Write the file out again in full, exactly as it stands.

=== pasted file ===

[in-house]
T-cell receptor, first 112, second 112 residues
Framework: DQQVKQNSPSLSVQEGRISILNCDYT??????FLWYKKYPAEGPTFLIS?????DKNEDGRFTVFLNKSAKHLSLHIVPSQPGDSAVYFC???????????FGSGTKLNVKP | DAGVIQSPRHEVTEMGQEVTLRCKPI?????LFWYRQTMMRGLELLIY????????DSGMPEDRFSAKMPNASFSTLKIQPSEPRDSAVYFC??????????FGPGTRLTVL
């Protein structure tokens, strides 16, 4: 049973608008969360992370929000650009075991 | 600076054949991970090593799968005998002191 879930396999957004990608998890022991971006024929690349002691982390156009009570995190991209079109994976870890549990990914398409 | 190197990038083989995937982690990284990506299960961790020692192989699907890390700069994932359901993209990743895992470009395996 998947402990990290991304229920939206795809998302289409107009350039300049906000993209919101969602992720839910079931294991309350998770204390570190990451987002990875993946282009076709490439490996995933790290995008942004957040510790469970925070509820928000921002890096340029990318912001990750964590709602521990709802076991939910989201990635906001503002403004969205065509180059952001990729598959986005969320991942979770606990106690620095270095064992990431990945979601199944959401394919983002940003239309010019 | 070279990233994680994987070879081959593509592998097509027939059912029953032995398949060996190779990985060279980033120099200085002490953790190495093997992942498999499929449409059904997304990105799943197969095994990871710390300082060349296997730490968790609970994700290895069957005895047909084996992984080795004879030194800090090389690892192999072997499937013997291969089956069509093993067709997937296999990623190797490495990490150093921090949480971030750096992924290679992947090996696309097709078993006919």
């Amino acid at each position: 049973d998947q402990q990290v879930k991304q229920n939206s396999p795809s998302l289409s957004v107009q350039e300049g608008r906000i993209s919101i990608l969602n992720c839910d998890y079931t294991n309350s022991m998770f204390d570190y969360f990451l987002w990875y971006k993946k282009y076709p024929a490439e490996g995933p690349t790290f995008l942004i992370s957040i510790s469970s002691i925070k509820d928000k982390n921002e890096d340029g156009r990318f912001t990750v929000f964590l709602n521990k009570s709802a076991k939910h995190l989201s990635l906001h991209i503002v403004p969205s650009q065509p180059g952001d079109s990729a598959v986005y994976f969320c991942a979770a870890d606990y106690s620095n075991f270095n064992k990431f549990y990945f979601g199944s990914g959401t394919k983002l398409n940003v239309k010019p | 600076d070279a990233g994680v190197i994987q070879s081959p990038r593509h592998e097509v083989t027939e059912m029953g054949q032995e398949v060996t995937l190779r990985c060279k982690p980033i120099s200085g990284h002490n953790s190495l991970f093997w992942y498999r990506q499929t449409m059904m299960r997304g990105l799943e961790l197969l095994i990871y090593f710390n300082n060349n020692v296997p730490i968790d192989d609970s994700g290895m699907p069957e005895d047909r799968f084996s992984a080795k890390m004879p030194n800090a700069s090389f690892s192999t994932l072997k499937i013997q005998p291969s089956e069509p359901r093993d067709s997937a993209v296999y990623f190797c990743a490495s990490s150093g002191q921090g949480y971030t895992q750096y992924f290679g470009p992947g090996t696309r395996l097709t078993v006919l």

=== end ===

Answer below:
[in-house]
T-cell receptor, first 112, second 112 residues
Framework: DQQVKQNSPSLSVQEGRISILNCDYT??????FLWYKKYPAEGPTFLIS?????DKNEDGRFTVFLNKSAKHLSLHIVPSQPGDSAVYFC???????????FGSGTKLNVKP | DAGVIQSPRHEVTEMGQEVTLRCKPI?????LFWYRQTMMRGLELLIY????????DSGMPEDRFSAKMPNASFSTLKIQPSEPRDSAVYFC??????????FGPGTRLTVL
């Protein structure tokens, strides 16, 4: 049973608008969360992370929000650009075991 | 600076054949991970090593799968005998002191 879930396999957004990608998890022991971006024929690349002691982390156009009570995190991209079109994976870890549990990914398409 | 190197990038083989995937982690990284990506299960961790020692192989699907890390700069994932359901993209990743895992470009395996 998947402990990290991304229920939206795809998302289409107009350039300049906000993209919101969602992720839910079931294991309350998770204390570190990451987002990875993946282009076709490439490996995933790290995008942004957040510790469970925070509820928000921002890096340029990318912001990750964590709602521990709802076991939910989201990635906001503002403004969205065509180059952001990729598959986005969320991942979770606990106690620095270095064992990431990945979601199944959401394919983002940003239309010019 | 070279990233994680994987070879081959593509592998097509027939059912029953032995398949060996190779990985060279980033120099200085002490953790190495093997992942498999499929449409059904997304990105799943197969095994990871710390300082060349296997730490968790609970994700290895069957005895047909084996992984080795004879030194800090090389690892192999072997499937013997291969089956069509093993067709997937296999990623190797490495990490150093921090949480971030750096992924290679992947090996696309097709078993006919």
């Amino acid at each position: 049973d998947q402990q990290v879930k991304q229920n939206s396999p795809s998302l289409s957004v107009q350039e300049g608008r906000i993209s919101i990608l969602n992720c839910d998890y079931t294991n309350s022991m998770f204390d570190y969360f990451l987002w990875y971006k993946k282009y076709p024929a490439e490996g995933p690349t790290f995008l942004i992370s957040i510790s469970s002691i925070k509820d928000k982390n921002e890096d340029g156009r990318f912001t990750v929000f964590l709602n521990k009570s709802a076991k939910h995190l989201s990635l906001h991209i503002v403004p969205s650009q065509p180059g952001d079109s990729a598959v986005y994976f969320c991942a979770a870890d606990y106690s620095n075991f270095n064992k990431f549990y990945f979601g199944s990914g959401t394919k983002l398409n940003v239309k010019p | 600076d070279a990233g994680v190197i994987q070879s081959p990038r593509h592998e097509v083989t027939e059912m029953g054949q032995e398949v060996t995937l190779r990985c060279k982690p980033i120099s200085g990284h002490n953790s190495l991970f093997w992942y498999r990506q499929t449409m059904m299960r997304g990105l799943e961790l197969l095994i990871y090593f710390n300082n060349n020692v296997p730490i968790d192989d609970s994700g290895m699907p069957e005895d047909r799968f084996s992984a080795k890390m004879p030194n800090a700069s090389f690892s192999t994932l072997k499937i013997q005998p291969s089956e069509p359901r093993d067709s997937a993209v296999y990623f190797c990743a490495s990490s150093g002191q921090g949480y971030t895992q750096y992924f290679g470009p992947g090996t696309r395996l097709t078993v006919l």